In recent years, there has been a lot talk about all the possible positive effects of mindfulness, but occasionally scientists also point to potential pitfalls. For example, a US study now suggests that attention training may make certain people, people with a rather individualistic attitude, more self-centered. However, the researchers do believe that mindfulness sessions can be adjusted in a relatively simple way to reduce this risk.
In studies on the effects of mindfulness, scientists usually focus on the influence of the training on people’s inner well-being. For example, studies state that mindfulness reduces stress and anxiety and generally strengthens emotional well-being. But a team from the American University of Buffalo decided to focus on the social consequences of mindfulness. The scientists looked at the extent to which mindfulness could promote individualistic behavior and feelings of solidarity.
The researchers set up an experiment with 325 participants, of whom they first analyzed the personality. One test showed which subjects had an individualistic attitude and which people were more group-oriented. Then they all received mindfulness training. After that session, participants were asked if they would sign up as volunteers to chat online with potential donors to help raise money for a charity.
After the mindfulness training, 40% more of the group-oriented group decided to volunteer – so their feelings of solidarity were still stimulated. But among individualistic individuals, that willingness dropped by 33%, suggesting that they became a lot more self-centered after the session. That second result is at odds with the rosy image that is often painted of mindfulness, but also does not mean that we should just ignore attention training.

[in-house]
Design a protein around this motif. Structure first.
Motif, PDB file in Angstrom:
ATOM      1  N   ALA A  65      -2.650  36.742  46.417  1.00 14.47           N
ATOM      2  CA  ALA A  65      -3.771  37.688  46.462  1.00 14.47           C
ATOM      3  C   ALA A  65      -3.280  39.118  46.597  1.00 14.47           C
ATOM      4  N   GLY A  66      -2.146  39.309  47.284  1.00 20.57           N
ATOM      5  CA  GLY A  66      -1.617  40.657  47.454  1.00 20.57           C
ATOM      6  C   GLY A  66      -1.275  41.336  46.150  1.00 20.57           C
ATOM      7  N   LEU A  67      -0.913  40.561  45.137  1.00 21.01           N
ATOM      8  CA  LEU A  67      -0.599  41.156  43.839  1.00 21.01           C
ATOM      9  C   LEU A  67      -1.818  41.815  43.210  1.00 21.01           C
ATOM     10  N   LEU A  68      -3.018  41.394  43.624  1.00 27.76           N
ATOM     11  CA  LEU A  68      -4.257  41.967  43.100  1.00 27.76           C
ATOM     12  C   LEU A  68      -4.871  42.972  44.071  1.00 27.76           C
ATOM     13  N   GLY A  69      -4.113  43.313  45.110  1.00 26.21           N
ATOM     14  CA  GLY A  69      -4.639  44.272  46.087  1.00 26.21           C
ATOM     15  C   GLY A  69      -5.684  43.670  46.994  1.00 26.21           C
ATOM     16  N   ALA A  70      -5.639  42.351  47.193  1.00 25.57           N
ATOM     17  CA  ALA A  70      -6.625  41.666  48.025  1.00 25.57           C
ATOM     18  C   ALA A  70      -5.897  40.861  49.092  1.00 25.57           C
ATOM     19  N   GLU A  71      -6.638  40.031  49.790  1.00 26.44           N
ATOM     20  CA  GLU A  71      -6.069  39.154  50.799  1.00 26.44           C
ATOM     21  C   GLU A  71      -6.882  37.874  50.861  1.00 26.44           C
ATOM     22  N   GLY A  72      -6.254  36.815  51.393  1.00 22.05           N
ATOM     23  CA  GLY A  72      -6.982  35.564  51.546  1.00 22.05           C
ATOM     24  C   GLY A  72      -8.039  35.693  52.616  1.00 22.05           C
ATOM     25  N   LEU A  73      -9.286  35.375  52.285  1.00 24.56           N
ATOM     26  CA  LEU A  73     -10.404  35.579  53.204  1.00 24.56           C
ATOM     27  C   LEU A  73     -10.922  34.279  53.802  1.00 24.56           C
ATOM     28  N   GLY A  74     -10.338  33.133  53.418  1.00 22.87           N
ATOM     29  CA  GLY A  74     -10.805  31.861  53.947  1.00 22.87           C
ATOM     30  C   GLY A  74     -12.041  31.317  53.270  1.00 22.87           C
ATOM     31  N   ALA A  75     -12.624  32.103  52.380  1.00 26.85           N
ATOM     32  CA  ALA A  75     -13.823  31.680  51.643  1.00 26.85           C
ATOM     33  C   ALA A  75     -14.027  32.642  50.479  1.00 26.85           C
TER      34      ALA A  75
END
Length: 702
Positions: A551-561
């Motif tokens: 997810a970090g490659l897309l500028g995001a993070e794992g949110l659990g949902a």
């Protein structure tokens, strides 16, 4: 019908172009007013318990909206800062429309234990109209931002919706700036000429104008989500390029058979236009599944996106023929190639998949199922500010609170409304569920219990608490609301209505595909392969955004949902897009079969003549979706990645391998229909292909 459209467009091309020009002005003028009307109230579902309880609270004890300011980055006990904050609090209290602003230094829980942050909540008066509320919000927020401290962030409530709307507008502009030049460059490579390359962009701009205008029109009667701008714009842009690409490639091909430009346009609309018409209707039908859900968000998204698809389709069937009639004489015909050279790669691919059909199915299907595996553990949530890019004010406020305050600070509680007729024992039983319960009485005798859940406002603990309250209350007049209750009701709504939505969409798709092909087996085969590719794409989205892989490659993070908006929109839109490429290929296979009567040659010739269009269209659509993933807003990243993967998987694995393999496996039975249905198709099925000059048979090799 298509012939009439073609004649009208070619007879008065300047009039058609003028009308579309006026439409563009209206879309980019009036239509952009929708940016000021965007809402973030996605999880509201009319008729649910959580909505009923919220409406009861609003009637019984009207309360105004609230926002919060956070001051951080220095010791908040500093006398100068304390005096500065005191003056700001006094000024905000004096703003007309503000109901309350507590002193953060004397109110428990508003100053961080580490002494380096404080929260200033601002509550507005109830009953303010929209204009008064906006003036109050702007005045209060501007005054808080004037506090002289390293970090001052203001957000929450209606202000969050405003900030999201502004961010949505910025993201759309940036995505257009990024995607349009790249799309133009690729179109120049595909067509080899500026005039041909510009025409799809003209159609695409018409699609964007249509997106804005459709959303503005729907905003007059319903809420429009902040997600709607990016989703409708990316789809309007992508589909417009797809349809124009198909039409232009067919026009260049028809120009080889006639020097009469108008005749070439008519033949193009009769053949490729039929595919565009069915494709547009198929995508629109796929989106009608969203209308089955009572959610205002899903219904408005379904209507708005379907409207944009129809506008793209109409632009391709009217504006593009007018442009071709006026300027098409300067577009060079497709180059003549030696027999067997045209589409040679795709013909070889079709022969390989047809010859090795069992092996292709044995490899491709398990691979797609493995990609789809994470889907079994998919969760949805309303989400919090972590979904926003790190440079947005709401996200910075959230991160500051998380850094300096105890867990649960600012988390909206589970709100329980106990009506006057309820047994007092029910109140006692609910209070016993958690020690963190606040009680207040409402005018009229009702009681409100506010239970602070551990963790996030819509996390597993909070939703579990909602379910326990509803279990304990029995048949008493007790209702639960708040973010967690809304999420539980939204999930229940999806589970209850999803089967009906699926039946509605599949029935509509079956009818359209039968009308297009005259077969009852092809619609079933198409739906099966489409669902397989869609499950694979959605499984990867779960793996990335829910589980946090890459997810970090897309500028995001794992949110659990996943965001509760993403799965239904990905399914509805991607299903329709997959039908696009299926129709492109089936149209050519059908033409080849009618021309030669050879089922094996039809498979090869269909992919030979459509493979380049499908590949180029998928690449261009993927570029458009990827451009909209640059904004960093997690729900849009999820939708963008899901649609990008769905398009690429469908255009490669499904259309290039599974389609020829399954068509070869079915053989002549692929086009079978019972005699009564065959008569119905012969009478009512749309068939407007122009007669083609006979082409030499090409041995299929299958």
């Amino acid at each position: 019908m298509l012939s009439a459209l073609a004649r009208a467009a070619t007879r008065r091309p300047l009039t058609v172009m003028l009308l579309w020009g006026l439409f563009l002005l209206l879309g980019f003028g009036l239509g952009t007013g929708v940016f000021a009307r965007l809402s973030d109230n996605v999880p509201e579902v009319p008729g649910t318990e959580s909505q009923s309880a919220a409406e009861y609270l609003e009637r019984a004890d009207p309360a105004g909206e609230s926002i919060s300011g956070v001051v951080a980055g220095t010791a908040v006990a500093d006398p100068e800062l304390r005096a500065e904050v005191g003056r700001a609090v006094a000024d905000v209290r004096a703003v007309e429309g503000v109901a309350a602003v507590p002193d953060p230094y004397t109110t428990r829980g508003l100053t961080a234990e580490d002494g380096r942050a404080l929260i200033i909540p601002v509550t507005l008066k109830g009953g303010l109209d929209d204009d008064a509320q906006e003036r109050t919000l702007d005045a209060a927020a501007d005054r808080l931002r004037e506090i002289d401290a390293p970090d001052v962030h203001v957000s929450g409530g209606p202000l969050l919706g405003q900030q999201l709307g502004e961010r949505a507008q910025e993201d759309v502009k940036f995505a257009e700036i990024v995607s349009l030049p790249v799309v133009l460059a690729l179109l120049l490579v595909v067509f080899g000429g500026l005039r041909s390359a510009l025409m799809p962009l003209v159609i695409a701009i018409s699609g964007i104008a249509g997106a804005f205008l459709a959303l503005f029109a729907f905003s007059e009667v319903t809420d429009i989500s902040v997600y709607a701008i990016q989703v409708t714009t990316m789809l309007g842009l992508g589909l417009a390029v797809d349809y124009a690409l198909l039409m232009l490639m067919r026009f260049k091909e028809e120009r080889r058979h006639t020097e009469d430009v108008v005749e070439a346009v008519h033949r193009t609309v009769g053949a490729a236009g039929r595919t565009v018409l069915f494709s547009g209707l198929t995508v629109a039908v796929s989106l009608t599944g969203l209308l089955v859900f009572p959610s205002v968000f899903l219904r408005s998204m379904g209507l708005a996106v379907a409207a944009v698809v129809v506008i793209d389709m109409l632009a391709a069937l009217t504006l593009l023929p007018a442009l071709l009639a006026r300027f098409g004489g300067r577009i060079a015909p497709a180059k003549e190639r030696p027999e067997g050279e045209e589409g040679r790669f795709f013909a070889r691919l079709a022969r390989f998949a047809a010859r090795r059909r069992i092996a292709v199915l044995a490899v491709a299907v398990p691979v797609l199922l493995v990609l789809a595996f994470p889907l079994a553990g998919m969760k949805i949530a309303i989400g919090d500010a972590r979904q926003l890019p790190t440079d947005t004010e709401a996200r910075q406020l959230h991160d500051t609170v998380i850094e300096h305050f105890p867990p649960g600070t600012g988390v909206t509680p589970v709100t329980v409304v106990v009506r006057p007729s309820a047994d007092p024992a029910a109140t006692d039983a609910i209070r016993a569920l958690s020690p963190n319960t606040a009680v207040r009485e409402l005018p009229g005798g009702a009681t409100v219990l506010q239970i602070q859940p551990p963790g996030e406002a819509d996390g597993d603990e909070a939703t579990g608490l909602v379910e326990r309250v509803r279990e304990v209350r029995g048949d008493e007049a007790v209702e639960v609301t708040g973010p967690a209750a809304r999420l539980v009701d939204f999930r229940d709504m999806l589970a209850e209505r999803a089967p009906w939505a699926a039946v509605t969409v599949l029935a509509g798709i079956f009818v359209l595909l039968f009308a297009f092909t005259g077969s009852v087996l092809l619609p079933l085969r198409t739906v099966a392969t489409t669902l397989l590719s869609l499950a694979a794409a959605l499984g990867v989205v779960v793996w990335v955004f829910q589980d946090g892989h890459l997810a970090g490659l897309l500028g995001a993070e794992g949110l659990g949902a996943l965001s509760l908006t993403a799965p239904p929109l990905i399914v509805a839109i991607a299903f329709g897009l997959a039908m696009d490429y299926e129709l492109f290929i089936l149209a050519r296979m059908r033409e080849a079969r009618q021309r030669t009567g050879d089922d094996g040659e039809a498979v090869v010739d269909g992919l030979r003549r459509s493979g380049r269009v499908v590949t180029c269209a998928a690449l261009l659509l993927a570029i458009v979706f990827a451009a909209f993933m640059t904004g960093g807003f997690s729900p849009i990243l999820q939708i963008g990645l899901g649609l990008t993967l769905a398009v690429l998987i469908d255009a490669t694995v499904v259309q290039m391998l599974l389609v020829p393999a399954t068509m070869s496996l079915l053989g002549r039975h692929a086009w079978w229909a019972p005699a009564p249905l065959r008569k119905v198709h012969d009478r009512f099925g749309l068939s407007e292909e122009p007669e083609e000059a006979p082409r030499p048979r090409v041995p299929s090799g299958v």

“That would be far too short a turnaround, because research shows that mindfulness works,” said lead researcher Michael Poulin. “But our study shows that it is a tool, not a ready-made solution, that requires a more personalized approach if you want to avoid potential pitfalls for practitioners.”
The researchers therefore propose that mindfulness training should provide additional guidance to help people think about their relationships with others and about themselves as part of a community. For example, mindfulness can help them not only to work on their inner well-being, but also on their social behavior.
Finally, the researchers also point out that mindfulness originated in East Asia, where people are more group oriented than in the west. As a result, increased egocentrism due to mindfulness in this culture was and is probably a less common problem, so that this negative consequence has remained under the radar for a long time. But since we are generally more individualistic in the west, we should pay more attention to this.
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